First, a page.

By and by the question that settled it for me was: Do I have the imagination to conjure up this city, Chicago, or the lake, or the sand dunes on the other side? What about all the people around me? How could I? It was ludicrous, utterly impossible for my child’s mind to imagine.

By and by, as I learned ever more about Earth’s Evolution and the rise of life and creatures, I came to realize that simply the fact of my existing on this planet and being capable of contemplating the vast panorama around me, was proof positive that Earth’s Evolution was a real thing that followed down one and only one particular path, any deviation and I simply wouldn’t be here. How well we understand the details of that history is totally beside the point to the fact of the material history of Earth along with the life she created.

Sure, at one time there was infinite potential, but Evolution, like me and you, can only go down one path at a time and there are no redo’s. How well we understand that heritage, that’s an altogether separate matter.

What stumps me, especial when this Brain in a Vat is brought up: Why is the “Consciousness” being investigated seldom defined with any detail?

Nor do I hear the lessons of Earth’s Evolution truly incorporated within modern philosophical musings which too often seem intent on rehashing its own historical arguments, rather than taking a fresh look at the flood of biological and neuroscience findings coming in.

I’m told the mind doesn’t exist, or its connection to the brain’s biology hasn’t been proven enough. Then I see the images from the Human Connectome Project and wonder, who’s kidding whom? How does one explain away those images? Sure, lots left to learn, but how about some effort into absorbing more of what we’ve already learned?

Then start afresh by looking at consciousness from within living creatures, rather than thinking about us thinking about our mind.

Within our real world, single celled organisms display awareness and intent. A realistic Theory of Consciousness requires starting with that foundation and working up. A theory would also acknowledge that consciousness is an interaction between living creatures and the physical environment it exists within, including the host’s physical body.

Studies of color perception, optical illusions, and hallucinations are about understanding the human mind and brain architecture and how that produces our self-awareness. I don’t dismissing any of that, because all of that is certainly valuable and important to figure out.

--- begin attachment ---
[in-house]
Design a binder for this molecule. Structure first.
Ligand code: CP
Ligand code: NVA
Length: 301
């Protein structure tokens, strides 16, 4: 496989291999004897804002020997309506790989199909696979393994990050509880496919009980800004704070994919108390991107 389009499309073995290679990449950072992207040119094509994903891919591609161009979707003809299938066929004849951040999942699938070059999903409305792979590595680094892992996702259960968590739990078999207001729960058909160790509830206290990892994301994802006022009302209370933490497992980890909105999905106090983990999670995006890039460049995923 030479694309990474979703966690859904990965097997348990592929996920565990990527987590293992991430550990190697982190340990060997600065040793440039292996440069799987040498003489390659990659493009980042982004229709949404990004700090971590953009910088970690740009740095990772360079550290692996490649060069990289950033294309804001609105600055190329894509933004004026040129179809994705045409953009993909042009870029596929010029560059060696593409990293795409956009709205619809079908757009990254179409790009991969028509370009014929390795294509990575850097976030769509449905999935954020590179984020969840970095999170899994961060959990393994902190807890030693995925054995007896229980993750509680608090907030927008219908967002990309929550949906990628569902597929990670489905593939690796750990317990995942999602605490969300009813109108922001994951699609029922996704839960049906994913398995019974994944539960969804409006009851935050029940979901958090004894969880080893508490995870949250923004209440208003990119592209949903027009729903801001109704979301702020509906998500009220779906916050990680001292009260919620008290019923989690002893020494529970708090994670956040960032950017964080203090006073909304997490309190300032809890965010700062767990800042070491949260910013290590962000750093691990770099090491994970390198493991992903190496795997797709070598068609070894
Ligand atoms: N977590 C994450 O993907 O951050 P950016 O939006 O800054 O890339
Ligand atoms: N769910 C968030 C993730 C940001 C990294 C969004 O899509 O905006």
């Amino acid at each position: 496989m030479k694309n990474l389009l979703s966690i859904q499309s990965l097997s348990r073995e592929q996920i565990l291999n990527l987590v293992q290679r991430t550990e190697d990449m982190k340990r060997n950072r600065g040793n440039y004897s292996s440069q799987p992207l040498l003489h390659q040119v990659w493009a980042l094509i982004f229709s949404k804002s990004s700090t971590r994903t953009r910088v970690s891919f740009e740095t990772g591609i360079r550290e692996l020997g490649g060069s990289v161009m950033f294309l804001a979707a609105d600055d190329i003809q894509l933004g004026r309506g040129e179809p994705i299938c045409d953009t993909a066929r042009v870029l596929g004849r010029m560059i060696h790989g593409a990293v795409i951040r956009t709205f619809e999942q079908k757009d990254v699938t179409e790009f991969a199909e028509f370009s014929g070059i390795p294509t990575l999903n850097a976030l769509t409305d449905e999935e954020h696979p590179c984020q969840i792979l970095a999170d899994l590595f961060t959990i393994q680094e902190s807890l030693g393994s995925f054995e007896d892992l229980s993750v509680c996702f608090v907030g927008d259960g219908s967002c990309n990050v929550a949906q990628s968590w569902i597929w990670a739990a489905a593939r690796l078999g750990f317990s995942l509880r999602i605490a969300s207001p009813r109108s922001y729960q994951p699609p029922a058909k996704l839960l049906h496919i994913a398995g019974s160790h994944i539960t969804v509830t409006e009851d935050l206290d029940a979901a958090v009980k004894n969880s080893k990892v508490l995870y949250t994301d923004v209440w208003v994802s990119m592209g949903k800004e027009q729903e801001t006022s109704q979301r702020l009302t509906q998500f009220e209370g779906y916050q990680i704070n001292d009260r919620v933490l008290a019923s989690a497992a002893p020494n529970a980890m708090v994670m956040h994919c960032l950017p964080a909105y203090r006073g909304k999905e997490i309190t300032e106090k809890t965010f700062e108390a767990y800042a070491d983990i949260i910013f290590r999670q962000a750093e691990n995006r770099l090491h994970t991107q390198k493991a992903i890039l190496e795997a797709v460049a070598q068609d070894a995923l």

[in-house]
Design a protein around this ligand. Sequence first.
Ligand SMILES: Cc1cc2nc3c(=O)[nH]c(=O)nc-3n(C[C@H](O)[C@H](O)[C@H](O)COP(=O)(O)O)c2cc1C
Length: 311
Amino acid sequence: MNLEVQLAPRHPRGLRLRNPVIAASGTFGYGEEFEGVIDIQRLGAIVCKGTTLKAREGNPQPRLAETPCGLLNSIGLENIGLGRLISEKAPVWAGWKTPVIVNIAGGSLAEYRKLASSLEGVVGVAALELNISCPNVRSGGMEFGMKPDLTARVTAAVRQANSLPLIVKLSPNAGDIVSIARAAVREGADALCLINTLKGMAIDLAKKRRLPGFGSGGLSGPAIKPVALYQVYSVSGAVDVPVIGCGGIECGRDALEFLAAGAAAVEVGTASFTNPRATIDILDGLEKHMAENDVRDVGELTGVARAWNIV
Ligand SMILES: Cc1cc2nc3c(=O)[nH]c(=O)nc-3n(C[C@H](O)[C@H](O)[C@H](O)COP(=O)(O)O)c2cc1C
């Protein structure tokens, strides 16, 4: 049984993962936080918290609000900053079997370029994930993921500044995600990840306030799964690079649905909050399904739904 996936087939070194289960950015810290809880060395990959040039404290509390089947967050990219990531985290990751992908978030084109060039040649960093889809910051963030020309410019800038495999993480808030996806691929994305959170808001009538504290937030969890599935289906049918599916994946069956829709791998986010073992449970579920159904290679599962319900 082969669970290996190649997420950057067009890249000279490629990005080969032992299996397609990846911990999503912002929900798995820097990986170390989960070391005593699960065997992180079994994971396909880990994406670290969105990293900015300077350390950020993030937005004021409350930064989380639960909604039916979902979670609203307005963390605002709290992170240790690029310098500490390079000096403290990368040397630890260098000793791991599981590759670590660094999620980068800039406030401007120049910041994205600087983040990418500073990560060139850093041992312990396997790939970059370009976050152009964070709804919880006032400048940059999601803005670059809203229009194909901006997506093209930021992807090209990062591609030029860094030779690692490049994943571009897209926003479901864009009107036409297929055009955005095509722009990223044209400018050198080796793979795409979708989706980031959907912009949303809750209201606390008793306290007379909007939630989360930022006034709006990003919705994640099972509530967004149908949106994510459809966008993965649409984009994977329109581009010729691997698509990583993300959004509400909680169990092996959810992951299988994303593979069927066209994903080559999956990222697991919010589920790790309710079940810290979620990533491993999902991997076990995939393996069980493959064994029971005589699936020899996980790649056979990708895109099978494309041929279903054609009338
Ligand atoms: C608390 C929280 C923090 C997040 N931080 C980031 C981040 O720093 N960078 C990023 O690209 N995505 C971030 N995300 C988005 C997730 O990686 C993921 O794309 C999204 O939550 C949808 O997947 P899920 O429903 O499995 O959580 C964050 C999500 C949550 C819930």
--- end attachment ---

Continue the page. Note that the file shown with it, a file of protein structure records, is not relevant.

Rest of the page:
But it belongs to psychology with little to offer an all encompassing Theory of Consciousness, since creature awareness and consciousness started in the Ediacaran and Cambrian and has been evolving ever since.

Our human mind is the cherry on top of the consciousness sundae that a half billion years of Earth’s biological research and development created.

The Brain in a Vat thought experiment will always be blissfully oblivious to the reality of “consciousness’s” evolutionary continuum, making it irrelevant.

I think I’ve outline my intro as well:

This won’t be a critique so much as an intellectual road trip through Daniel Dennett’s 1991 book Consciousness Explained. As an Earth Centrist, I’m setting off on a journey through the landscape of current philosophizing about human consciousness.

My goal is to better understand, and hopefully explicate a more cogent description of my Earth Centrist concept with its claim that an explicit appreciation of the Human Mindscape ~ Physical Reality divide - is a critical first base prerequisite for science and deep-time and evolutionary concepts to start making sense. A sort of benchmark to orient fact from self-inflicted pipe dream.


Note to Daniel Dennett and Little Brown Ltd, publishers of

Consciousness Explained

by Daniel Dennett

©1991, Little Brown & Company Ltd. (Canada)

ISBN 0-316-18065-3

I respectfully acknowledge your exclusive copyright on the content in Consciousness Explained, I also expect that you would acknowledge, not just the philosophical scholastic, but also the far ranging public interest and even participation your printed words and public talks encourage. Consciousness Explained has become part of the public debate.